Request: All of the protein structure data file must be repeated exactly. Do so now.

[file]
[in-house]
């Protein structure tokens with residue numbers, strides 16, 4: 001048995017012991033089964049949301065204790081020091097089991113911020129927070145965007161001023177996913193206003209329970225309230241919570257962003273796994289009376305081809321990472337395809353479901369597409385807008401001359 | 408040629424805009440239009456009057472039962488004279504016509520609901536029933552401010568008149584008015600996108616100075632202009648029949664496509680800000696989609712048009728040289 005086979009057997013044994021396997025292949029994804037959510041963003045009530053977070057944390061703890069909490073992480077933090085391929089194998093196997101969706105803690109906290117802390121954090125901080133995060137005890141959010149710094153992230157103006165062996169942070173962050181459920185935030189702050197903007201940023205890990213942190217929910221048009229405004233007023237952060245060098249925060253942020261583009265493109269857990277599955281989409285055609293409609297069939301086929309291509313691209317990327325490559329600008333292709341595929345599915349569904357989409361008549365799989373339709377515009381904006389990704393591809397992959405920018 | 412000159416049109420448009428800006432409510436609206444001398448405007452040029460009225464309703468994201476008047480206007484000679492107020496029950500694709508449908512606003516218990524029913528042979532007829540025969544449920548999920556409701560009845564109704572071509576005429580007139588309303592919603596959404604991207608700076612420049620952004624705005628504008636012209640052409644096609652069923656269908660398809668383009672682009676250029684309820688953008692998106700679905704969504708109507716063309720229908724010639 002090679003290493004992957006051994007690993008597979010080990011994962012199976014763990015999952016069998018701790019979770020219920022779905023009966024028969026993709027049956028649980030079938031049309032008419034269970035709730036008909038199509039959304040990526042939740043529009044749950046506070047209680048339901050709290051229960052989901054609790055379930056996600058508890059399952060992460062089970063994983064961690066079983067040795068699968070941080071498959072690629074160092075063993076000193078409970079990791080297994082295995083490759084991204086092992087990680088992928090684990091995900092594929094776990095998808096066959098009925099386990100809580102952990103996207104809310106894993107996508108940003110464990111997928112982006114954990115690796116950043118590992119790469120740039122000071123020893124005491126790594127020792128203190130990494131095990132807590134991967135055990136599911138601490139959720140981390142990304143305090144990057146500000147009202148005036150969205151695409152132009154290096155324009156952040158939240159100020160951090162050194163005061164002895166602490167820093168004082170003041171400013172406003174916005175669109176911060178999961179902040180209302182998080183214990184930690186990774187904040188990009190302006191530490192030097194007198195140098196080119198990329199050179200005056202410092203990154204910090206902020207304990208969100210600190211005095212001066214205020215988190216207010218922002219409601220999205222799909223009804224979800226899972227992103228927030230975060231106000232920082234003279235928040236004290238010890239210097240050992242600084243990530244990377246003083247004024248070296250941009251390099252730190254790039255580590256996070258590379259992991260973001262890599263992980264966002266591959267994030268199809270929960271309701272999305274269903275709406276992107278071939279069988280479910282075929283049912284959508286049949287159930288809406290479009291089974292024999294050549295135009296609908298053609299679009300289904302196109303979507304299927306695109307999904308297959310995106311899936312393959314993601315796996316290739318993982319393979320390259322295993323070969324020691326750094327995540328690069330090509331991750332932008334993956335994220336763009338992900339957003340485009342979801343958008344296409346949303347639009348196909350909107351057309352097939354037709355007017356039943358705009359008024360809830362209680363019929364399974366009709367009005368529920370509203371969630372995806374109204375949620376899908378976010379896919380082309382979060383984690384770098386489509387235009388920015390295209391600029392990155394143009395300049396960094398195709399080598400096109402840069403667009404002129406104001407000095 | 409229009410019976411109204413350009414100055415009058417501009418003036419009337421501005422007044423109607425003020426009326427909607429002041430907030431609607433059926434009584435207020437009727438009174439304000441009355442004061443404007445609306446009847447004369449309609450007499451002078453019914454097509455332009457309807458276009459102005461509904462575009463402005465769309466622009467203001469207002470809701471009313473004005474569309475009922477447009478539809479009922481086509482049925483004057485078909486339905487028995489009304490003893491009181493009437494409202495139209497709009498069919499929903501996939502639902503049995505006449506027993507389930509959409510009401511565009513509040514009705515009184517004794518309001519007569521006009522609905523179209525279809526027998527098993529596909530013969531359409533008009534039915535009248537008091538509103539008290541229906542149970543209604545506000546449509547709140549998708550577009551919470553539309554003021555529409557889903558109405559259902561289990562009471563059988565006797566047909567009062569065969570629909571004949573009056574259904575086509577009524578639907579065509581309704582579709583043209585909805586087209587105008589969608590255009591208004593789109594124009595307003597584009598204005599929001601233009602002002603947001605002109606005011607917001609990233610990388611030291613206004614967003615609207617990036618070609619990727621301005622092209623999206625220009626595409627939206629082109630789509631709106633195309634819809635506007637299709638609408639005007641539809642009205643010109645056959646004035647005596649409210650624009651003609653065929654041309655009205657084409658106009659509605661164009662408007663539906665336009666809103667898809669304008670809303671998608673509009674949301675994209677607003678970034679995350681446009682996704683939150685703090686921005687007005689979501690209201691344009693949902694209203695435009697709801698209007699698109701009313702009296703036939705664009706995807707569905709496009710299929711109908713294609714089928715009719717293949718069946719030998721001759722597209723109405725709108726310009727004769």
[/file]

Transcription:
[in-house]
């Protein structure tokens with residue numbers, strides 16, 4: 001048995017012991033089964049949301065204790081020091097089991113911020129927070145965007161001023177996913193206003209329970225309230241919570257962003273796994289009376305081809321990472337395809353479901369597409385807008401001359 | 408040629424805009440239009456009057472039962488004279504016509520609901536029933552401010568008149584008015600996108616100075632202009648029949664496509680800000696989609712048009728040289 005086979009057997013044994021396997025292949029994804037959510041963003045009530053977070057944390061703890069909490073992480077933090085391929089194998093196997101969706105803690109906290117802390121954090125901080133995060137005890141959010149710094153992230157103006165062996169942070173962050181459920185935030189702050197903007201940023205890990213942190217929910221048009229405004233007023237952060245060098249925060253942020261583009265493109269857990277599955281989409285055609293409609297069939301086929309291509313691209317990327325490559329600008333292709341595929345599915349569904357989409361008549365799989373339709377515009381904006389990704393591809397992959405920018 | 412000159416049109420448009428800006432409510436609206444001398448405007452040029460009225464309703468994201476008047480206007484000679492107020496029950500694709508449908512606003516218990524029913528042979532007829540025969544449920548999920556409701560009845564109704572071509576005429580007139588309303592919603596959404604991207608700076612420049620952004624705005628504008636012209640052409644096609652069923656269908660398809668383009672682009676250029684309820688953008692998106700679905704969504708109507716063309720229908724010639 002090679003290493004992957006051994007690993008597979010080990011994962012199976014763990015999952016069998018701790019979770020219920022779905023009966024028969026993709027049956028649980030079938031049309032008419034269970035709730036008909038199509039959304040990526042939740043529009044749950046506070047209680048339901050709290051229960052989901054609790055379930056996600058508890059399952060992460062089970063994983064961690066079983067040795068699968070941080071498959072690629074160092075063993076000193078409970079990791080297994082295995083490759084991204086092992087990680088992928090684990091995900092594929094776990095998808096066959098009925099386990100809580102952990103996207104809310106894993107996508108940003110464990111997928112982006114954990115690796116950043118590992119790469120740039122000071123020893124005491126790594127020792128203190130990494131095990132807590134991967135055990136599911138601490139959720140981390142990304143305090144990057146500000147009202148005036150969205151695409152132009154290096155324009156952040158939240159100020160951090162050194163005061164002895166602490167820093168004082170003041171400013172406003174916005175669109176911060178999961179902040180209302182998080183214990184930690186990774187904040188990009190302006191530490192030097194007198195140098196080119198990329199050179200005056202410092203990154204910090206902020207304990208969100210600190211005095212001066214205020215988190216207010218922002219409601220999205222799909223009804224979800226899972227992103228927030230975060231106000232920082234003279235928040236004290238010890239210097240050992242600084243990530244990377246003083247004024248070296250941009251390099252730190254790039255580590256996070258590379259992991260973001262890599263992980264966002266591959267994030268199809270929960271309701272999305274269903275709406276992107278071939279069988280479910282075929283049912284959508286049949287159930288809406290479009291089974292024999294050549295135009296609908298053609299679009300289904302196109303979507304299927306695109307999904308297959310995106311899936312393959314993601315796996316290739318993982319393979320390259322295993323070969324020691326750094327995540328690069330090509331991750332932008334993956335994220336763009338992900339957003340485009342979801343958008344296409346949303347639009348196909350909107351057309352097939354037709355007017356039943358705009359008024360809830362209680363019929364399974366009709367009005368529920370509203371969630372995806374109204375949620376899908378976010379896919380082309382979060383984690384770098386489509387235009388920015390295209391600029392990155394143009395300049396960094398195709399080598400096109402840069403667009404002129406104001407000095 | 409229009410019976411109204413350009414100055415009058417501009418003036419009337421501005422007044423109607425003020426009326427909607429002041430907030431609607433059926434009584435207020437009727438009174439304000441009355442004061443404007445609306446009847447004369449309609450007499451002078453019914454097509455332009457309807458276009459102005461509904462575009463402005465769309466622009467203001469207002470809701471009313473004005474569309475009922477447009478539809479009922481086509482049925483004057485078909486339905487028995489009304490003893491009181493009437494409202495139209497709009498069919499929903501996939502639902503049995505006449506027993507389930509959409510009401511565009513509040514009705515009184517004794518309001519007569521006009522609905523179209525279809526027998527098993529596909530013969531359409533008009534039915535009248537008091538509103539008290541229906542149970543209604545506000546449509547709140549998708550577009551919470553539309554003021555529409557889903558109405559259902561289990562009471563059988565006797566047909567009062569065969570629909571004949573009056574259904575086509577009524578639907579065509581309704582579709583043209585909805586087209587105008589969608590255009591208004593789109594124009595307003597584009598204005599929001601233009602002002603947001605002109606005011607917001609990233610990388611030291613206004614967003615609207617990036618070609619990727621301005622092209623999206625220009626595409627939206629082109630789509631709106633195309634819809635506007637299709638609408639005007641539809642009205643010109645056959646004035647005596649409210650624009651003609653065929654041309655009205657084409658106009659509605661164009662408007663539906665336009666809103667898809669304008670809303671998608673509009674949301675994209677607003678970034679995350681446009682996704683939150685703090686921005687007005689979501690209201691344009693949902694209203695435009697709801698209007699698109701009313702009296703036939705664009706995807707569905709496009710299929711109908713294609714089928715009719717293949718069946719030998721001759722597209723109405725709108726310009727004769």